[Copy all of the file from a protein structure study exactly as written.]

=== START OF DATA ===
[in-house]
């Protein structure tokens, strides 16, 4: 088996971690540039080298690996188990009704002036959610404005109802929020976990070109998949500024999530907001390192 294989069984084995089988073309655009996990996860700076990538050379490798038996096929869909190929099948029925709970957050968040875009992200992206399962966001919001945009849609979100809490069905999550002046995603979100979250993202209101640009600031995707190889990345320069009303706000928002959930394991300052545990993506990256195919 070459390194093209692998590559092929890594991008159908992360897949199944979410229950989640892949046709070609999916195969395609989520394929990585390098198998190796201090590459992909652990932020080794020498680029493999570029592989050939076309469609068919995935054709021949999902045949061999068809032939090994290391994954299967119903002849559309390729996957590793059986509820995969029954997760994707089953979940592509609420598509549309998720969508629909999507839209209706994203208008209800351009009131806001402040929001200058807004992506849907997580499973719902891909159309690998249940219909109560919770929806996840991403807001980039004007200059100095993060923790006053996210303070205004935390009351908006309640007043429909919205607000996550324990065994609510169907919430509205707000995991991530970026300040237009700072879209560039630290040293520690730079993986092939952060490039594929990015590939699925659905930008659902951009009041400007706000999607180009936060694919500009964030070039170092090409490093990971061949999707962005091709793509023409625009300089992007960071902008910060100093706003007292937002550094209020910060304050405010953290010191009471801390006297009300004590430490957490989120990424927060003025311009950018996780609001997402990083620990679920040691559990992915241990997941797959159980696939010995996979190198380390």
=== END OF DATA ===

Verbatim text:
[in-house]
């Protein structure tokens, strides 16, 4: 088996971690540039080298690996188990009704002036959610404005109802929020976990070109998949500024999530907001390192 294989069984084995089988073309655009996990996860700076990538050379490798038996096929869909190929099948029925709970957050968040875009992200992206399962966001919001945009849609979100809490069905999550002046995603979100979250993202209101640009600031995707190889990345320069009303706000928002959930394991300052545990993506990256195919 070459390194093209692998590559092929890594991008159908992360897949199944979410229950989640892949046709070609999916195969395609989520394929990585390098198998190796201090590459992909652990932020080794020498680029493999570029592989050939076309469609068919995935054709021949999902045949061999068809032939090994290391994954299967119903002849559309390729996957590793059986509820995969029954997760994707089953979940592509609420598509549309998720969508629909999507839209209706994203208008209800351009009131806001402040929001200058807004992506849907997580499973719902891909159309690998249940219909109560919770929806996840991403807001980039004007200059100095993060923790006053996210303070205004935390009351908006309640007043429909919205607000996550324990065994609510169907919430509205707000995991991530970026300040237009700072879209560039630290040293520690730079993986092939952060490039594929990015590939699925659905930008659902951009009041400007706000999607180009936060694919500009964030070039170092090409490093990971061949999707962005091709793509023409625009300089992007960071902008910060100093706003007292937002550094209020910060304050405010953290010191009471801390006297009300004590430490957490989120990424927060003025311009950018996780609001997402990083620990679920040691559990992915241990997941797959159980696939010995996979190198380390």